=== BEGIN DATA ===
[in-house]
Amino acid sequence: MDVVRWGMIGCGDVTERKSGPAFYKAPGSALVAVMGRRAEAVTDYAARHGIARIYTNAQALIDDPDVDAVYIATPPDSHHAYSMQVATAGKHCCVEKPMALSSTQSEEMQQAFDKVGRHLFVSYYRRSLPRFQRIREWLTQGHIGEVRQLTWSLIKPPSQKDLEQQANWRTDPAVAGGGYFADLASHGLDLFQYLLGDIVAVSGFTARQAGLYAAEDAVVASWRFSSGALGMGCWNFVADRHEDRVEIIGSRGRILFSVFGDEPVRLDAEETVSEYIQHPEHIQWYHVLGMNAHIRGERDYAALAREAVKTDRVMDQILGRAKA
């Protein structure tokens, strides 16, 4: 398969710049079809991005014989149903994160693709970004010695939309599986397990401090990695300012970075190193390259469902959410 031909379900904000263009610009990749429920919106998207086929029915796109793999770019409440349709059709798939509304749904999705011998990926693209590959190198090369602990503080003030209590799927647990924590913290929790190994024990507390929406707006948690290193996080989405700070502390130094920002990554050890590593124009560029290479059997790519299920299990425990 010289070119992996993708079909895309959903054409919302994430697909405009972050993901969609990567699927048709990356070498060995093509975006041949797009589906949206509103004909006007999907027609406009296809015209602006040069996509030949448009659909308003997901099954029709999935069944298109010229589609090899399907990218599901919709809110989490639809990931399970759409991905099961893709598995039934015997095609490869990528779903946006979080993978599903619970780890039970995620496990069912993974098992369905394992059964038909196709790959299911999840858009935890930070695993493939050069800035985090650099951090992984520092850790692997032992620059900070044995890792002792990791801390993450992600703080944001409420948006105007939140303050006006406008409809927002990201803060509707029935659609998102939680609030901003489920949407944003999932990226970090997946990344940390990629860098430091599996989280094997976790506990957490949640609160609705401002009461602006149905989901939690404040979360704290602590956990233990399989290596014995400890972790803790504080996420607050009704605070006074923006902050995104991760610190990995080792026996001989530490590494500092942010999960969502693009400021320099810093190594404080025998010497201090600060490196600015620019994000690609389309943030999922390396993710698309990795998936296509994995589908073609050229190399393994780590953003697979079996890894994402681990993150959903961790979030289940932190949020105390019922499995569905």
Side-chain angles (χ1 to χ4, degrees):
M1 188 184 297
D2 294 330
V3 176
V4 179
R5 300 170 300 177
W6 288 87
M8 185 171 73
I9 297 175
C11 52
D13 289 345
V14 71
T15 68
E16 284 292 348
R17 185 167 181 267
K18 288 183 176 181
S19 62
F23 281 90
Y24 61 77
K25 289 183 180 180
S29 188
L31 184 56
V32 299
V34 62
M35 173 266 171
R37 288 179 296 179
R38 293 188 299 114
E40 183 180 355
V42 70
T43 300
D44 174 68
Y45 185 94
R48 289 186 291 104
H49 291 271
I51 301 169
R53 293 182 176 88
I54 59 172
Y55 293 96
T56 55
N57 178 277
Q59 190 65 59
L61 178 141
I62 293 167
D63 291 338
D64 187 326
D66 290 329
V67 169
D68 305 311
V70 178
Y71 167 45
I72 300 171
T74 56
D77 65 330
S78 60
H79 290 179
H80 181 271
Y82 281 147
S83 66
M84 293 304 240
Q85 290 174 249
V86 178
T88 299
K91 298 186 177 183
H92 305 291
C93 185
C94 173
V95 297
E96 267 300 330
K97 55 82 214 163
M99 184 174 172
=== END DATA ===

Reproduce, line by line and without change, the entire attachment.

[in-house]
Amino acid sequence: MDVVRWGMIGCGDVTERKSGPAFYKAPGSALVAVMGRRAEAVTDYAARHGIARIYTNAQALIDDPDVDAVYIATPPDSHHAYSMQVATAGKHCCVEKPMALSSTQSEEMQQAFDKVGRHLFVSYYRRSLPRFQRIREWLTQGHIGEVRQLTWSLIKPPSQKDLEQQANWRTDPAVAGGGYFADLASHGLDLFQYLLGDIVAVSGFTARQAGLYAAEDAVVASWRFSSGALGMGCWNFVADRHEDRVEIIGSRGRILFSVFGDEPVRLDAEETVSEYIQHPEHIQWYHVLGMNAHIRGERDYAALAREAVKTDRVMDQILGRAKA
């Protein structure tokens, strides 16, 4: 398969710049079809991005014989149903994160693709970004010695939309599986397990401090990695300012970075190193390259469902959410 031909379900904000263009610009990749429920919106998207086929029915796109793999770019409440349709059709798939509304749904999705011998990926693209590959190198090369602990503080003030209590799927647990924590913290929790190994024990507390929406707006948690290193996080989405700070502390130094920002990554050890590593124009560029290479059997790519299920299990425990 010289070119992996993708079909895309959903054409919302994430697909405009972050993901969609990567699927048709990356070498060995093509975006041949797009589906949206509103004909006007999907027609406009296809015209602006040069996509030949448009659909308003997901099954029709999935069944298109010229589609090899399907990218599901919709809110989490639809990931399970759409991905099961893709598995039934015997095609490869990528779903946006979080993978599903619970780890039970995620496990069912993974098992369905394992059964038909196709790959299911999840858009935890930070695993493939050069800035985090650099951090992984520092850790692997032992620059900070044995890792002792990791801390993450992600703080944001409420948006105007939140303050006006406008409809927002990201803060509707029935659609998102939680609030901003489920949407944003999932990226970090997946990344940390990629860098430091599996989280094997976790506990957490949640609160609705401002009461602006149905989901939690404040979360704290602590956990233990399989290596014995400890972790803790504080996420607050009704605070006074923006902050995104991760610190990995080792026996001989530490590494500092942010999960969502693009400021320099810093190594404080025998010497201090600060490196600015620019994000690609389309943030999922390396993710698309990795998936296509994995589908073609050229190399393994780590953003697979079996890894994402681990993150959903961790979030289940932190949020105390019922499995569905």
Side-chain angles (χ1 to χ4, degrees):
M1 188 184 297
D2 294 330
V3 176
V4 179
R5 300 170 300 177
W6 288 87
M8 185 171 73
I9 297 175
C11 52
D13 289 345
V14 71
T15 68
E16 284 292 348
R17 185 167 181 267
K18 288 183 176 181
S19 62
F23 281 90
Y24 61 77
K25 289 183 180 180
S29 188
L31 184 56
V32 299
V34 62
M35 173 266 171
R37 288 179 296 179
R38 293 188 299 114
E40 183 180 355
V42 70
T43 300
D44 174 68
Y45 185 94
R48 289 186 291 104
H49 291 271
I51 301 169
R53 293 182 176 88
I54 59 172
Y55 293 96
T56 55
N57 178 277
Q59 190 65 59
L61 178 141
I62 293 167
D63 291 338
D64 187 326
D66 290 329
V67 169
D68 305 311
V70 178
Y71 167 45
I72 300 171
T74 56
D77 65 330
S78 60
H79 290 179
H80 181 271
Y82 281 147
S83 66
M84 293 304 240
Q85 290 174 249
V86 178
T88 299
K91 298 186 177 183
H92 305 291
C93 185
C94 173
V95 297
E96 267 300 330
K97 55 82 214 163
M99 184 174 172